Global shipments of PCs fell 6.9% to 82.6 million units in the fourth quarter of 2013, down from 88.7 million units in the same quarter of 2012. Last quarter was the seventh consecutive quarter of shipment decline and the worst quarter in history for the PC market, according to technology research firm Gartner.
Lenovo was the top-selling PC maker in the fourth quarter, accounting for 18.1% of global PC shipments. Hewlett-Packard (HPQ) controlled 16.4% of the market last quarter, followed by Dell (11.8%), Acer Group (7.8%) and ASUS (6.5%). PC shipments in the U.S. totaled 15.8 milllion in Q4 2013, a 7.5% drop from Q4 2012.
Mikako Kitagawa, an analyst at Gartner, says the downward trend in PC sales will reverse in future quarters.
"Although PC shipments continued to decline in the worldwide market in the fourth quarter, we increasingly believe markets, such as the U.S., have bottomed out as the adjustment to the installed base slows," she said. "Strong growth in tablets continued to negatively impact PC growth in emerging markets. In emerging markets, the first connected device for consumers is most likely a smartphone, and their first computing device is a tablet. As a result, the adoption of PCs in emerging markets will be slower as consumers skip PCs for tablets."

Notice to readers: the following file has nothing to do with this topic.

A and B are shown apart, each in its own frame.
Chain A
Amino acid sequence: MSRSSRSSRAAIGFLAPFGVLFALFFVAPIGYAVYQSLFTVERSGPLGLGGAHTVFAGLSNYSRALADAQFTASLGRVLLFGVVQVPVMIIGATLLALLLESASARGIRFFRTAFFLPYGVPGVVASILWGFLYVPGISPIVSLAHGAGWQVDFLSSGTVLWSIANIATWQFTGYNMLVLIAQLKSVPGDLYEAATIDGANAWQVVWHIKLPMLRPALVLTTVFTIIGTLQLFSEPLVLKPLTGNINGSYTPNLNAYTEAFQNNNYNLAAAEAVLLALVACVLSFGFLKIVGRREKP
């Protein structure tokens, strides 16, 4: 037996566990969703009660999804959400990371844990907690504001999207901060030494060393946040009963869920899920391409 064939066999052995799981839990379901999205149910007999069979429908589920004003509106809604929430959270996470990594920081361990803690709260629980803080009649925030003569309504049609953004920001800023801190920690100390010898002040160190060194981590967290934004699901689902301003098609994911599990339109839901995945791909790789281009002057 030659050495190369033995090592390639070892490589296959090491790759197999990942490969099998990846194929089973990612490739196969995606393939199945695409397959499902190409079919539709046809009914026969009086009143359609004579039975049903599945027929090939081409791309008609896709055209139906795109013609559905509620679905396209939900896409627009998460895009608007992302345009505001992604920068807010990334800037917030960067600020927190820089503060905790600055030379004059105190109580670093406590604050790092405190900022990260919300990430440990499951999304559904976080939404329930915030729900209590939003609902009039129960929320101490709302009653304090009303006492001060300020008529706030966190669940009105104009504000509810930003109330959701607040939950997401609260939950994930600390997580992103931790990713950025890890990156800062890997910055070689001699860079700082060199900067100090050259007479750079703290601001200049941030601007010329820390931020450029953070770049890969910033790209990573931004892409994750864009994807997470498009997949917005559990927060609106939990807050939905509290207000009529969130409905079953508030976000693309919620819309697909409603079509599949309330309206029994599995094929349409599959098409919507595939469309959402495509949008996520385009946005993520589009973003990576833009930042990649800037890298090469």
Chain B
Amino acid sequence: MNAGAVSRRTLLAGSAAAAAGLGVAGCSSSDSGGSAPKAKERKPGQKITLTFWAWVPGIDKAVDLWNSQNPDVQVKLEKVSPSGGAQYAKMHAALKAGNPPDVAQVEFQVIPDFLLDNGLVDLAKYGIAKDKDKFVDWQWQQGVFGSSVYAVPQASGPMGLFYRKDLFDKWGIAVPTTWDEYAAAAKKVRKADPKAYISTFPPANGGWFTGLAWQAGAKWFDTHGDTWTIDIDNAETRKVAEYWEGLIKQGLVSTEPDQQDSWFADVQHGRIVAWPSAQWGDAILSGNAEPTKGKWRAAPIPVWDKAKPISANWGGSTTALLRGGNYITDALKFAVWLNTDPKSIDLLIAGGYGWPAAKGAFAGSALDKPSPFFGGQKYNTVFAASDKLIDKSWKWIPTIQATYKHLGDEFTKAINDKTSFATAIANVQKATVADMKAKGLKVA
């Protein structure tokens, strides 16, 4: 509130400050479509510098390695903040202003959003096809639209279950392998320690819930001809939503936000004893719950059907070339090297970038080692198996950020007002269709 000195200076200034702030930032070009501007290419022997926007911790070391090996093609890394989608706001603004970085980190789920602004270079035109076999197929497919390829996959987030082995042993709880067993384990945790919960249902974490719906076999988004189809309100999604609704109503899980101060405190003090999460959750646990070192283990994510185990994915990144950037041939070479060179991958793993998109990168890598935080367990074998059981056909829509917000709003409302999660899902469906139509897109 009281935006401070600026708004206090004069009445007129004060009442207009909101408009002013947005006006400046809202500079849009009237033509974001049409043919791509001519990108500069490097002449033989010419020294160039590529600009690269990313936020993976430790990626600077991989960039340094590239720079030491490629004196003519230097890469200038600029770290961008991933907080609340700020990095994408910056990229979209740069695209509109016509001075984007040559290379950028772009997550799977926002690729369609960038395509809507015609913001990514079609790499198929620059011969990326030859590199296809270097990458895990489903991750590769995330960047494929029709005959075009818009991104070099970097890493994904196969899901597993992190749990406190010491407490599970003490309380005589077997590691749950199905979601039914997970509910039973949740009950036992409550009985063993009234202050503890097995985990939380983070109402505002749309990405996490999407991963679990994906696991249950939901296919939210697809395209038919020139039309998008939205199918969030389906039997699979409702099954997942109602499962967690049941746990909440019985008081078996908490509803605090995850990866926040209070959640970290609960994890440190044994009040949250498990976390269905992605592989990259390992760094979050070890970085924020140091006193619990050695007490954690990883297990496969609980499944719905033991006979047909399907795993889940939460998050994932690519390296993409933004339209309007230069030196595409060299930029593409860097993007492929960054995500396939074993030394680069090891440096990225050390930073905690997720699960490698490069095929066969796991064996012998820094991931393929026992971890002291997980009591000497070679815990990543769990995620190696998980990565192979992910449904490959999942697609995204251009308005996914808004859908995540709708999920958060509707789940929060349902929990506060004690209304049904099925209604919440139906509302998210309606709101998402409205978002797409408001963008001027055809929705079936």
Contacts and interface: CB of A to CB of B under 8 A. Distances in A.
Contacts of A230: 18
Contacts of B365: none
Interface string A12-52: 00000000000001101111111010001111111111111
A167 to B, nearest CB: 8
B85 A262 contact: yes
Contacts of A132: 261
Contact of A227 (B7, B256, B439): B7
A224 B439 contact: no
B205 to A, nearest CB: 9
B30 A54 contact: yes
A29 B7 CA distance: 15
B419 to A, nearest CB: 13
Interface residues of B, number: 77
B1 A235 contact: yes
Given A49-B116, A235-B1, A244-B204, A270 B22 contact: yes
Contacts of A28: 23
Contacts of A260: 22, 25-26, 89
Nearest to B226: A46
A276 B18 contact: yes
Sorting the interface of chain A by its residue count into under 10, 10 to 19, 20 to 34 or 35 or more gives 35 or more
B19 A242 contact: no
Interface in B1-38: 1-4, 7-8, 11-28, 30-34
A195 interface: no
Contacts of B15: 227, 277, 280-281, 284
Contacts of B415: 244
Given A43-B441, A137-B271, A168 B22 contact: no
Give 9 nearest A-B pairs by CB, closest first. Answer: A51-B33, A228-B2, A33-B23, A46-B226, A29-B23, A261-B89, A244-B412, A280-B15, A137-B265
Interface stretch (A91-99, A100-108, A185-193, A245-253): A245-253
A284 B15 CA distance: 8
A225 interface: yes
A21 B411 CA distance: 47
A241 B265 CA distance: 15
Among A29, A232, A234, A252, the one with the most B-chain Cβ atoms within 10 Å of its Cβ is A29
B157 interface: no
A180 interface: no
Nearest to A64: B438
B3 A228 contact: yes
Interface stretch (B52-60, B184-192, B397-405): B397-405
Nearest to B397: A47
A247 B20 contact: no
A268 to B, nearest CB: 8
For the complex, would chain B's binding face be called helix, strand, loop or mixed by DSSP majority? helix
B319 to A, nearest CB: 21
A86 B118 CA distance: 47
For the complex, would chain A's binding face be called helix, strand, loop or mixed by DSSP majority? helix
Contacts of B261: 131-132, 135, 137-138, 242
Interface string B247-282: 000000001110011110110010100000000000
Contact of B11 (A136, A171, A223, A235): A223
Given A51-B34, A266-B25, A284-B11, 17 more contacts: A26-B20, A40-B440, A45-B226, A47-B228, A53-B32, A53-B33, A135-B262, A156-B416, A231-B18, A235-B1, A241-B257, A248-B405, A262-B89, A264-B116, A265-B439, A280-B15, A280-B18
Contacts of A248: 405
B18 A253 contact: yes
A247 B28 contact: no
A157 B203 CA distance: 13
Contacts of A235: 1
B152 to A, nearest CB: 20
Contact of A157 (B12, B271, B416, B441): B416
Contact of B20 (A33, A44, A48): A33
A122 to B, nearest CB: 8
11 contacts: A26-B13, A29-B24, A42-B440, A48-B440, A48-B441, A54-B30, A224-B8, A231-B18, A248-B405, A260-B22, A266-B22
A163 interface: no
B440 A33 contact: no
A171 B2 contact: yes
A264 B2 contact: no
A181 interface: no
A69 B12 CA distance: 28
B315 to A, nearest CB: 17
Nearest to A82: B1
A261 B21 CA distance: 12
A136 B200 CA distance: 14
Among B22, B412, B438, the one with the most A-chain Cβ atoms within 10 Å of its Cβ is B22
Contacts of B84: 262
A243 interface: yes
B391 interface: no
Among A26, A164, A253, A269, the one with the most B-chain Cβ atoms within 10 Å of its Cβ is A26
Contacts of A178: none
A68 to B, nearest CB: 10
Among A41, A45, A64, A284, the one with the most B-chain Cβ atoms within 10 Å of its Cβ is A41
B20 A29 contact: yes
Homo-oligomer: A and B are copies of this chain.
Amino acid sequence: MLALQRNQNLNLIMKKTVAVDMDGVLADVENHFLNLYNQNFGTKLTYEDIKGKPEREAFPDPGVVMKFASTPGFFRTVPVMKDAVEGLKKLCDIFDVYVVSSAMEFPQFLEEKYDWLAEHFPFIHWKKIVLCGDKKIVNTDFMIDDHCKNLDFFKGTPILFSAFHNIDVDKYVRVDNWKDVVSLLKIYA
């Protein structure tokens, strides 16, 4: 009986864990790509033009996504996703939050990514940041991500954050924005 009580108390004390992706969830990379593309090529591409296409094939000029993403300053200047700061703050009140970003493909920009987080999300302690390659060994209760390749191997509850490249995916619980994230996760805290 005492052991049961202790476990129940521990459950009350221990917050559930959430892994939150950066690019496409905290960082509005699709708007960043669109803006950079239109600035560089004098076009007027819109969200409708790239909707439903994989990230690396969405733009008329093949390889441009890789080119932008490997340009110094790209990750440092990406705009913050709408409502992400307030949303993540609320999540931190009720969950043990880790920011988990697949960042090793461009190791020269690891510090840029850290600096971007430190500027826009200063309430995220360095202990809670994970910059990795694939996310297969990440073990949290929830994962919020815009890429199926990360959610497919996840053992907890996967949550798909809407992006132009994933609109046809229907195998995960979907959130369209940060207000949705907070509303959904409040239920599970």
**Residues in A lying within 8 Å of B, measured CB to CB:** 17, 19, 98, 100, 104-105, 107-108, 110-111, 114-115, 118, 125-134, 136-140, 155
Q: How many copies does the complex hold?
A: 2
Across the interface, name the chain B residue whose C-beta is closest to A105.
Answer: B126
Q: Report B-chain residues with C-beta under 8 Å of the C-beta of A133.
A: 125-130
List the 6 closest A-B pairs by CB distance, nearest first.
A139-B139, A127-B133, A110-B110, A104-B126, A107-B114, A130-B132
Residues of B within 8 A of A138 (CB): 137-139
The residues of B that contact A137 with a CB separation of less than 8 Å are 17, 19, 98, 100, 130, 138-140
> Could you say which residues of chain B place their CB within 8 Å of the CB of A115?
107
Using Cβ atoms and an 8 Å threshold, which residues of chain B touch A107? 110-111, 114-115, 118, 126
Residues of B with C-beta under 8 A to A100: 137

The Daily Ticker's Henry Blodget agrees that tablets have hurt sales of PCs and the market has become more segmented.
"But if you look at the market in totality, it's going gangbusters from desktops to tablets to laptops to phablets," he says. "Devices are exploding. The PC is in trouble because other devices are taking over and they're lasting longer."
Apple (AAPL) on the other hand reported strong computer sales last quarter, with U.S. sales of Macs rising 28.5% in Q4 from a year ago. Apple now commands 13.7% of the domestic computer market, up from 9.9% in 2012. Forrester Research estimates Apple will sell $8 billion dollars worth of Macs and $13 billion dollars worth of iPads in 2014. Mac corporate sales will also increase substantially over the coming year, notes Forrester.
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